On Friday, October 7, the Nobel Peace Prize was awarded to three women: Ellen Johnson Sirleaf and Leymah Gbowee of Liberia and Tawakul Karman of Yemen for ‘their non-violent struggle for the safety of women and for women’s rights to full participation in peace-building work.’
It is so exciting to have these women and their efforts recognized for the world to see.
Tawakul Karman is a Yemeni journalist and activist who was deeply involved with the uprisings against the government and seeking independence for her people. She even received death threats for her activism ranging from sit-ins, street protests and more. Karman is not only an incredible activist, but also as a woman, a great role model.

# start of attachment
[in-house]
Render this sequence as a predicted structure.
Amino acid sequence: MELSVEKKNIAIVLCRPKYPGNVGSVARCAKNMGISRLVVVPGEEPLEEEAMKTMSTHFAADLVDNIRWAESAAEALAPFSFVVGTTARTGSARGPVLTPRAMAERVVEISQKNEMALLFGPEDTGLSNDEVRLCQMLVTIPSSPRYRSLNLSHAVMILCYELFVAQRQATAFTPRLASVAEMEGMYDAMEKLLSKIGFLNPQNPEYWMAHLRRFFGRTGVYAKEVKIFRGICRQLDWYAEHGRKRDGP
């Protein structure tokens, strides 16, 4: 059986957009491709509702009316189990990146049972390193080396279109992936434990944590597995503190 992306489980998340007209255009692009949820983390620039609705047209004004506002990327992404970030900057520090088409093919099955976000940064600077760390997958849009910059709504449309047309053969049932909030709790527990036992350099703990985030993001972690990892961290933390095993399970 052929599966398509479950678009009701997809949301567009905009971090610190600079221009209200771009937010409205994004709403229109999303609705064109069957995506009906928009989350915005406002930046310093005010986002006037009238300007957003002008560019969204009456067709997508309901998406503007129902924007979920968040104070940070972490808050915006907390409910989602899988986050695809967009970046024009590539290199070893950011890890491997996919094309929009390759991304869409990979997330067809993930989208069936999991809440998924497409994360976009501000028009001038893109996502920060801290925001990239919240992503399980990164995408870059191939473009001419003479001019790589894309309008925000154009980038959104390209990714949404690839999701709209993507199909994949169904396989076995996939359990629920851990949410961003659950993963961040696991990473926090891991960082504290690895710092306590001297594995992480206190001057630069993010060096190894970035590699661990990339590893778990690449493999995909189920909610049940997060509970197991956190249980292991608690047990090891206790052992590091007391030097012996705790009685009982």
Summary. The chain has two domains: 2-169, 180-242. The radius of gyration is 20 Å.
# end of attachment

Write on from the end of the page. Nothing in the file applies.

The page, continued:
Ellen Johnson Sirleaf is the president of Liberia and is credited for helping her country’s debt and investigating war crimes. She has worked tirelessly to empower women, educate the people and tackle corruption in all areas.
Leymah Gbowee is a Liberian peace activist who led a women’s campaign for the end of Liberia’s civil war and helped the peace treaty, the Accra Accords, get signed when “in 2003 when she led hundreds of women to Monrovia’s City Hall, demanding an end to the war.”
The Nobel Peace Prize may be symbolic and perhaps controversial, so it may not have a big impact on the majority of people, however I think the fact that it still exists is important. Peace, democracy and gender equality through nonviolence are three incredibly difficult but crucial components of a stable society and I hope more people are motivated and encouraged to emulate these women and support their ideas for change.